2020 Porsche 911 Carrera S Cabriolet: Input Perfection, Output Pure Fun

When I say “loses a smidge, ” it really is measured in almoast indistinguishable inconsistencies. Steering, braking, and control inputs are preternaturally well-balanced to the point where it’s almost–but not quite–frustratingly excellent. As excellent as hotshot BMWs, Mercedes-AMGs, and Corvettes is likely to be, there’s just something intangibly exacting about Porsche input tactility; it draws me want to dump a pack of 911 personas on each automaker’s doorstep with “FIGURE IT OUT” scrawled across the box in sharpie.

Nothing brand-new to report on the world-class chassis either, though the new PASM setup for the 992 -generation allows the engineers to start with softer damping that ramps up enormously in Sport mode without being overly harsh during the day-to-day slog. With no ceiling to channel jolts from the expulsion, convertibles usually suffer from disorderly rattles and form shakes more than their coupe counterparts, but the 992 Carrera S Cab journeys beautifully over divulged pavement and stretch braces without so much as a judder.

When you’re done hoovering up squirrels and grapefruit-sized rocks with that uptake suction, the Carrera S Cabriolet agrees down to a distant whistle in Normal mode, frisking every bit the top-down riviera cruiser Porsche designed to be. With the top up, additional gale sound is unavoidable, but thanks to lengthy resonate deadening and magnesium paneling in the soft roof itself, any extra noise is muffled fairly that you don’t even think twice about it after a few seconds on the highway.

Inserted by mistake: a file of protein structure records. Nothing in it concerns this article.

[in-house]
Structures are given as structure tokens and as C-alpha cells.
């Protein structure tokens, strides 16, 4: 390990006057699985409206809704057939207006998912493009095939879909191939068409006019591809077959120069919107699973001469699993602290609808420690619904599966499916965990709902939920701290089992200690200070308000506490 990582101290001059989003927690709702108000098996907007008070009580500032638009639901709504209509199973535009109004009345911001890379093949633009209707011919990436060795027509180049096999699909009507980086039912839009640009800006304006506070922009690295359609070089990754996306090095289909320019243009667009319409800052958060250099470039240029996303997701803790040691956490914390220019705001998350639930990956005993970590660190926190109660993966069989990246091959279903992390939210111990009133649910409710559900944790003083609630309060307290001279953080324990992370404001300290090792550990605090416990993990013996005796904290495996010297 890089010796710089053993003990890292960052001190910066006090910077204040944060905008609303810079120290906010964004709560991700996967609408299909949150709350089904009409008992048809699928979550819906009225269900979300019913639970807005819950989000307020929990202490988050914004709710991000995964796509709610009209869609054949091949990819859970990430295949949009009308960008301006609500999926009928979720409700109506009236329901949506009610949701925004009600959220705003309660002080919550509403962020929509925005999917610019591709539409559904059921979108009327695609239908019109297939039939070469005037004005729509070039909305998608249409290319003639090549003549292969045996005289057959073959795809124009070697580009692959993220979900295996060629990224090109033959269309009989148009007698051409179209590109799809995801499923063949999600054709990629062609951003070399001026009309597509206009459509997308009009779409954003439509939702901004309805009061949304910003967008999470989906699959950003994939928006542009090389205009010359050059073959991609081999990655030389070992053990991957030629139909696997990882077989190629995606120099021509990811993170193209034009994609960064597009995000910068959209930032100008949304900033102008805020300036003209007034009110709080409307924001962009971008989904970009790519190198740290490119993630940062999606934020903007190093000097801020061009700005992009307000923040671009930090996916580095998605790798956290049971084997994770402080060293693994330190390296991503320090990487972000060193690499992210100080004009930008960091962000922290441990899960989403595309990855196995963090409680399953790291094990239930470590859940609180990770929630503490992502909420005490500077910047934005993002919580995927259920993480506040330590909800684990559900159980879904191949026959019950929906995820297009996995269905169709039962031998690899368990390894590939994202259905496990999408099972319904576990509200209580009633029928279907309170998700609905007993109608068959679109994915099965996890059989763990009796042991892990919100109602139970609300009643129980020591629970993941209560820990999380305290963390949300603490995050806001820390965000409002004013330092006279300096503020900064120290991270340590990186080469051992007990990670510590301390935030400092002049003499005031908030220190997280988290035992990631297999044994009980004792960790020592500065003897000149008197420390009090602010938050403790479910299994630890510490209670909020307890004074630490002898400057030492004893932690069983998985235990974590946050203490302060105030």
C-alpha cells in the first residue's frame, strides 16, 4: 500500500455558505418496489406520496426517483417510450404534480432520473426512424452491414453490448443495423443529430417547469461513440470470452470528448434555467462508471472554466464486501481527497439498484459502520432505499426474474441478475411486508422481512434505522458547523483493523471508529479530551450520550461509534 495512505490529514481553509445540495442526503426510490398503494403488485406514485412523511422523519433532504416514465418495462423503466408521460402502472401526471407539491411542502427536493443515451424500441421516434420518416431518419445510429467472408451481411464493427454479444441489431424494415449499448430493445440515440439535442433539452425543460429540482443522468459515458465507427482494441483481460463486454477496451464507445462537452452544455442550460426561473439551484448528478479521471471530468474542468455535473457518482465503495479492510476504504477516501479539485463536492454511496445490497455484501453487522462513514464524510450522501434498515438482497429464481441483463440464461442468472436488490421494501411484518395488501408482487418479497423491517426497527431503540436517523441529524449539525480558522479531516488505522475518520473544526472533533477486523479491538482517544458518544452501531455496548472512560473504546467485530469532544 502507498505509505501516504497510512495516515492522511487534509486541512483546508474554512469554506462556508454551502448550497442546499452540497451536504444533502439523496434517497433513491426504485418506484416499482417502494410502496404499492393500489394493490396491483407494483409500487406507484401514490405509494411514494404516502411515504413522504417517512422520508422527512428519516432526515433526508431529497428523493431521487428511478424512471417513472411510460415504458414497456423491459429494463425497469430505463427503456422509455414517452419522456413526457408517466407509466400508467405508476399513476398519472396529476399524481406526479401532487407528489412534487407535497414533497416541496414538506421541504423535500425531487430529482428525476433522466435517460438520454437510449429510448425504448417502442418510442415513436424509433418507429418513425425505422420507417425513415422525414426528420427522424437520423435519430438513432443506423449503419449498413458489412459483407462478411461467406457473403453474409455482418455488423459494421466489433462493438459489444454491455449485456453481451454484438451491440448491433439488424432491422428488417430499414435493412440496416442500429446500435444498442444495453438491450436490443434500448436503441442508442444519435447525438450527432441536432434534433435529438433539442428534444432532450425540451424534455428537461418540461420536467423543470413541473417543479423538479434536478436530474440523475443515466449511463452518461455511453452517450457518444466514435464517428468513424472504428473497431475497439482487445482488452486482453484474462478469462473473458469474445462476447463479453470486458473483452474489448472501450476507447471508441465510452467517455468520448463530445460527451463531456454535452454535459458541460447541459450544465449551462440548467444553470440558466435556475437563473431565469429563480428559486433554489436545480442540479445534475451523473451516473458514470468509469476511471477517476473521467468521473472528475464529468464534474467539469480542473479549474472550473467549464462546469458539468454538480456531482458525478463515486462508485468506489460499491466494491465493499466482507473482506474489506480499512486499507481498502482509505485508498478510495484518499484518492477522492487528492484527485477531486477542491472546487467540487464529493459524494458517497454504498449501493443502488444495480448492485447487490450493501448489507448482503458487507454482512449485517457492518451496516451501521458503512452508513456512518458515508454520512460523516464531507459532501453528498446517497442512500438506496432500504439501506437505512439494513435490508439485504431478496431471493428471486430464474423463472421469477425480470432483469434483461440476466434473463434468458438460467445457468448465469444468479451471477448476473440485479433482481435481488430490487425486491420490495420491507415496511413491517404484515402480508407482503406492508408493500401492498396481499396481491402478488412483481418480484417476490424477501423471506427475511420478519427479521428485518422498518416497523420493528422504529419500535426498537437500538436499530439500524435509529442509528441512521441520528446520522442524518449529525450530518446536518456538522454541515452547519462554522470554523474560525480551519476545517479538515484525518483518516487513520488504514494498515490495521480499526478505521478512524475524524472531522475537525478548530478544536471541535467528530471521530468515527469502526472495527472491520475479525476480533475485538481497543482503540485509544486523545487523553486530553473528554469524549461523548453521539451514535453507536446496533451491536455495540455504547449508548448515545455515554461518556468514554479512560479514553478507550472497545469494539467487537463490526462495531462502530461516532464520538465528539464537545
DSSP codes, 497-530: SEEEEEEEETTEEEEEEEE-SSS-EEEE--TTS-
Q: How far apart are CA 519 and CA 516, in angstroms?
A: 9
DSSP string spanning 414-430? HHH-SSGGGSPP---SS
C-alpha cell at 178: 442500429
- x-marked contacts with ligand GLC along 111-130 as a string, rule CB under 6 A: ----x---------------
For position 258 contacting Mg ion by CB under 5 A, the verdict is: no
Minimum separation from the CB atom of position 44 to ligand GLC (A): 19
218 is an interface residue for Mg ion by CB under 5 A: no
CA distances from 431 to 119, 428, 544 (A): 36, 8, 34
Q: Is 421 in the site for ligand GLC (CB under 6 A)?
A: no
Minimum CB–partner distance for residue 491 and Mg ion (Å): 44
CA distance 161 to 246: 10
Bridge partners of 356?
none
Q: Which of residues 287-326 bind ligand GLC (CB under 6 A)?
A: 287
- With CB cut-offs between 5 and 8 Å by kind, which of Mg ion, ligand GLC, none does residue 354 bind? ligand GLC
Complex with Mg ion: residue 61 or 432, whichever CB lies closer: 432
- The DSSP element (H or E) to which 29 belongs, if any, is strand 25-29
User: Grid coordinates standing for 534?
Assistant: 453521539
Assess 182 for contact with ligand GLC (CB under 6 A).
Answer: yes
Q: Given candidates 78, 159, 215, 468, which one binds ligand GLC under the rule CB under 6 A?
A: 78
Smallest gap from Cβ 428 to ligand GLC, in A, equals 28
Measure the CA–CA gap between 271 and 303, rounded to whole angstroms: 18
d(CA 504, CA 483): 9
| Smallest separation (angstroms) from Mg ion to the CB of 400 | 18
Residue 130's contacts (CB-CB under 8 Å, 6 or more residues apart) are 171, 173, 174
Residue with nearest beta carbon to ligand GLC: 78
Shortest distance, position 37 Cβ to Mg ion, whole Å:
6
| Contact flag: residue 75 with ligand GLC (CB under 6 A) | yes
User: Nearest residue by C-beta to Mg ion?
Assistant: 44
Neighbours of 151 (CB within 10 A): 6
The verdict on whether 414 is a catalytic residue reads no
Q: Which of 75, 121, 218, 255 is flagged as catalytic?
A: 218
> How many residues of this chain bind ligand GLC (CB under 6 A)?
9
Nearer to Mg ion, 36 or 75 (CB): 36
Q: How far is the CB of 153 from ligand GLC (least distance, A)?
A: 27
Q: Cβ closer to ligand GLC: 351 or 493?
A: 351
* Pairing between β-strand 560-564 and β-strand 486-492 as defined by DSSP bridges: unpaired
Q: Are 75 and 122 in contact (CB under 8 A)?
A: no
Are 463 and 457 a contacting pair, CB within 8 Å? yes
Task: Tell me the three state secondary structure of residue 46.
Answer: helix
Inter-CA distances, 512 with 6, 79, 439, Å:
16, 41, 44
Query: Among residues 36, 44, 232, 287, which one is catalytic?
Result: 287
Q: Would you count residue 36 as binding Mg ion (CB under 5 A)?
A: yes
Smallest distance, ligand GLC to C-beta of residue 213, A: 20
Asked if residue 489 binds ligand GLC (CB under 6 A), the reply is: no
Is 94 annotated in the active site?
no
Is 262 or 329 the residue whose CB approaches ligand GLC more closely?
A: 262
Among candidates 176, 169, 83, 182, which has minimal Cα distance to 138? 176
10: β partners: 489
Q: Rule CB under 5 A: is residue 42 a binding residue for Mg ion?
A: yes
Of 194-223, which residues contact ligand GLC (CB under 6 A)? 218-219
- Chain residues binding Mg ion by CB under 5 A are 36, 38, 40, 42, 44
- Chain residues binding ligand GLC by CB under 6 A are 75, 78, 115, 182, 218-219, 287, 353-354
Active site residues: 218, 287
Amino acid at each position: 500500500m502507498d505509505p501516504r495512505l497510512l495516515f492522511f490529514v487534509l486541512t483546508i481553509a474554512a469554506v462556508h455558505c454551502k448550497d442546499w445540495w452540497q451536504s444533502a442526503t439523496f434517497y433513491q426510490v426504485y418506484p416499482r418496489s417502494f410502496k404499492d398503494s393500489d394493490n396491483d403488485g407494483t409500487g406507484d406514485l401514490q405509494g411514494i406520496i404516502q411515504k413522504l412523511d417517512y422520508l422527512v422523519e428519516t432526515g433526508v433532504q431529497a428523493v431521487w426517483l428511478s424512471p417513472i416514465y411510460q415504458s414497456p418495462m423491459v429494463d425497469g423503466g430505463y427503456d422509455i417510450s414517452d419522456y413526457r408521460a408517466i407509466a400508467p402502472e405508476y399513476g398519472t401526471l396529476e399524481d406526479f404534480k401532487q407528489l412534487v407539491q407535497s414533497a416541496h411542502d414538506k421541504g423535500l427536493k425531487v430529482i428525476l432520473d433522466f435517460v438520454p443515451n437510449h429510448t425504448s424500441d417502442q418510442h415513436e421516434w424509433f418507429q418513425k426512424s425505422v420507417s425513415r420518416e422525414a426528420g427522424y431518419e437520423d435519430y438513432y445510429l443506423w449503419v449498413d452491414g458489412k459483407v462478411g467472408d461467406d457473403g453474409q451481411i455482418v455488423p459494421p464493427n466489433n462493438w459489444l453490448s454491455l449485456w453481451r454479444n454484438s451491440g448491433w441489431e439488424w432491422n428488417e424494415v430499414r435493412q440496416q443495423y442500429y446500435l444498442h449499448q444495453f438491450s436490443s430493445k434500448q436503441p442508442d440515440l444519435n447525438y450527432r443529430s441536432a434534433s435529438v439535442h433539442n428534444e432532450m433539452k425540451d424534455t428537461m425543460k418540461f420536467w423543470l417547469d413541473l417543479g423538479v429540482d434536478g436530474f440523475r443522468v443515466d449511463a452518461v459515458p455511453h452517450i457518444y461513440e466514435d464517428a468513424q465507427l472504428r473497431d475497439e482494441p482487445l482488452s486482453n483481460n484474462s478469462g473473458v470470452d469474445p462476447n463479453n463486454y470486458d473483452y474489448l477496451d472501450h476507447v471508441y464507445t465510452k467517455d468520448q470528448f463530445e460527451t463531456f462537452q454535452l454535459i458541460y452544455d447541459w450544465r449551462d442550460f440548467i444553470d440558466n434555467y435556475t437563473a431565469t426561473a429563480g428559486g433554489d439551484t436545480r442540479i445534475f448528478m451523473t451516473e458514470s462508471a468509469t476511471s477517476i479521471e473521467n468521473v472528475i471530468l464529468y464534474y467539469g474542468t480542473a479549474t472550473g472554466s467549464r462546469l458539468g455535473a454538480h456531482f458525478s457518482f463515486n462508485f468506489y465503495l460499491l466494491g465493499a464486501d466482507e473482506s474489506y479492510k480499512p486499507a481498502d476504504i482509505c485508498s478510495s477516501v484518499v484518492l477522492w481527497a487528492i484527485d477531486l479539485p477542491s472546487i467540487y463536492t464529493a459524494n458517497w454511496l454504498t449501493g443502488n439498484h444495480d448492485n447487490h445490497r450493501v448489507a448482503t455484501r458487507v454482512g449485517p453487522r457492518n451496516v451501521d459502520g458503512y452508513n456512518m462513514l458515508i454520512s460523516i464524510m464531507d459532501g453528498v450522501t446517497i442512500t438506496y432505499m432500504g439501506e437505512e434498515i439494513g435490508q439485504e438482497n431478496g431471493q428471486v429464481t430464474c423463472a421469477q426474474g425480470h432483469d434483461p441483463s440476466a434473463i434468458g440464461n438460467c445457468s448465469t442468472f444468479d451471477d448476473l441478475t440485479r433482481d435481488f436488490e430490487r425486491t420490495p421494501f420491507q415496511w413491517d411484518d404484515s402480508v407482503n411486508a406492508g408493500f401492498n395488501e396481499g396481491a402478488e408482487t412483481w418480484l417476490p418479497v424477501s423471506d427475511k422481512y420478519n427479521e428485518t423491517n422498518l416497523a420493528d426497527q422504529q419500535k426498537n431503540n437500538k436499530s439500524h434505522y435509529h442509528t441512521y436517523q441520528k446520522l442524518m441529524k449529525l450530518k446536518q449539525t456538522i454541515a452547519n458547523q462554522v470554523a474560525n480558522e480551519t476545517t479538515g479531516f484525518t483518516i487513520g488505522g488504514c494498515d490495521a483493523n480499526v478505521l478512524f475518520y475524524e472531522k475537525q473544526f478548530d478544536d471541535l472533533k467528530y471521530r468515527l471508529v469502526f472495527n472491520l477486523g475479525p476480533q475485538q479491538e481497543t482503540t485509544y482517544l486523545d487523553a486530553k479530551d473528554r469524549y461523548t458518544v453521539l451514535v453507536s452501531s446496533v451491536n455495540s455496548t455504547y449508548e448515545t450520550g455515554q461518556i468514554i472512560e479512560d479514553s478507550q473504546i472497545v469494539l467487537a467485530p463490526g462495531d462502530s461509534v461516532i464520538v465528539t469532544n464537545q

2020 Porsche 911 Carrera S Cabriolet: Sunny Superstar

It admittedly took me a bit to figure out what type of enthusiast would gravitate toward the 2020 Porsche 911 Carrera S Cabriolet, outside of the aforementioned pay-in-cash, pick-it-off-the-lot today superstar, but after some mixed consume, I figured it out.

If you’re getting a 992 coupe, stick with a well-optioned base Carrera unless you’re made of money. I stand by my prior assessment that the Carrera is genuinely all you need for 911 magical, but if you’re after some toupee-tousling wind, conclude the leap to the Carrera S Cabriolet and bounce the basi Carrera Cab. Now, I haven’t driven the base Cab, but I can throw the pieces together: With nothing to block you from that 443 -hp stunner out back and the chassis upgrades levied on the “S” trim, I guess the Carrera S Cab parcels more thrills than the basi coupe, especially for a weekend ride.

So, the next time you waste an afternoon house your imagination Porsche fleet, maybe let your trackpad finger wander over to the Cabriolet discrepancies. The crop-top profile might not cause daydreamings of an IROC RSR or a 964 Turbo, but the 2020 Porsche 911 Carrera S Cabriolet–when equipped correctly–is as evocative as you’d ever crave a modern non-GT-series 911 to be.

2020 Porsche 911 Carrera S and 4S Cabriolet Specifications

ON SALE September PRICE $129,250/$147,280( base/ as experimented)

ENGINE 3.0L twin-turbo DOHC 24 -valve flat-6/ 443 hp@ 6,500 rpm, 390 lb-ft@ 2,300 rpm

Transmission 8-speed dual-clutch automated

LAYOUT 2-door, 2+2 -passenger, rear-engine, RWD/ AWD( 4S) convertible

EPA MILEAGE 18/23 mpg( city/ hwy)

L x W x H 177.9-178.4 x 79.7 x 50.7 -5 1.2 in

WHEELBASE 96.5 in WEIGHT 3,537 lb

0-60 MPH 3.5 sec

TOP SPEED 190 mph

The post Driven: Why the 2020 Porsche Carrera S Cabriolet Is the Ideal Weekend Weapon performed first on Automobile Magazine.